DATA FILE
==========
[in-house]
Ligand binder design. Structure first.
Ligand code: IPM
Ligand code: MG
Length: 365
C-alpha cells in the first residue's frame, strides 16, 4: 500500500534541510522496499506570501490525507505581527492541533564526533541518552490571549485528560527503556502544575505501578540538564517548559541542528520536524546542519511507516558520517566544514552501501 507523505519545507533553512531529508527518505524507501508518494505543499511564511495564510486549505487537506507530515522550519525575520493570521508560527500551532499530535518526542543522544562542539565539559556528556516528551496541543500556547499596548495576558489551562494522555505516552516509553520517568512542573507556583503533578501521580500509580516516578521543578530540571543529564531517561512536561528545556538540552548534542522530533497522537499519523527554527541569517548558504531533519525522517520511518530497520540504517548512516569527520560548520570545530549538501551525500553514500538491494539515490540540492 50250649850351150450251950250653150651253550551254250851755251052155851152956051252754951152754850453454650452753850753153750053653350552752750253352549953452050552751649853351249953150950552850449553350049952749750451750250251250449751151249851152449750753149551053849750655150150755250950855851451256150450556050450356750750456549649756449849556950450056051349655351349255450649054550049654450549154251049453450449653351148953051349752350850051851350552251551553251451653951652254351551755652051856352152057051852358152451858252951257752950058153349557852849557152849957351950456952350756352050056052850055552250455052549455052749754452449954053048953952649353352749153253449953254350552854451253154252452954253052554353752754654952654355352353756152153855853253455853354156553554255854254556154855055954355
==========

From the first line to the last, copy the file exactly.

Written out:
[in-house]
Ligand binder design. Structure first.
Ligand code: IPM
Ligand code: MG
Length: 365
C-alpha cells in the first residue's frame, strides 16, 4: 500500500534541510522496499506570501490525507505581527492541533564526533541518552490571549485528560527503556502544575505501578540538564517548559541542528520536524546542519511507516558520517566544514552501501 507523505519545507533553512531529508527518505524507501508518494505543499511564511495564510486549505487537506507530515522550519525575520493570521508560527500551532499530535518526542543522544562542539565539559556528556516528551496541543500556547499596548495576558489551562494522555505516552516509553520517568512542573507556583503533578501521580500509580516516578521543578530540571543529564531517561512536561528545556538540552548534542522530533497522537499519523527554527541569517548558504531533519525522517520511518530497520540504517548512516569527520560548520570545530549538501551525500553514500538491494539515490540540492 50250649850351150450251950250653150651253550551254250851755251052155851152956051252754951152754850453454650452753850753153750053653350552752750253352549953452050552751649853351249953150950552850449553350049952749750451750250251250449751151249851152449750753149551053849750655150150755250950855851451256150450556050450356750750456549649756449849556950450056051349655351349255450649054550049654450549154251049453450449653351148953051349752350850051851350552251551553251451653951652254351551755652051856352152057051852358152451858252951257752950058153349557852849557152849957351950456952350756352050056052850055552250455052549455052749754452449954053048953952649353352749153253449953254350552854451253154252452954253052554353752754654952654355352353756152153855853253455853354156553554255854254556154855055954355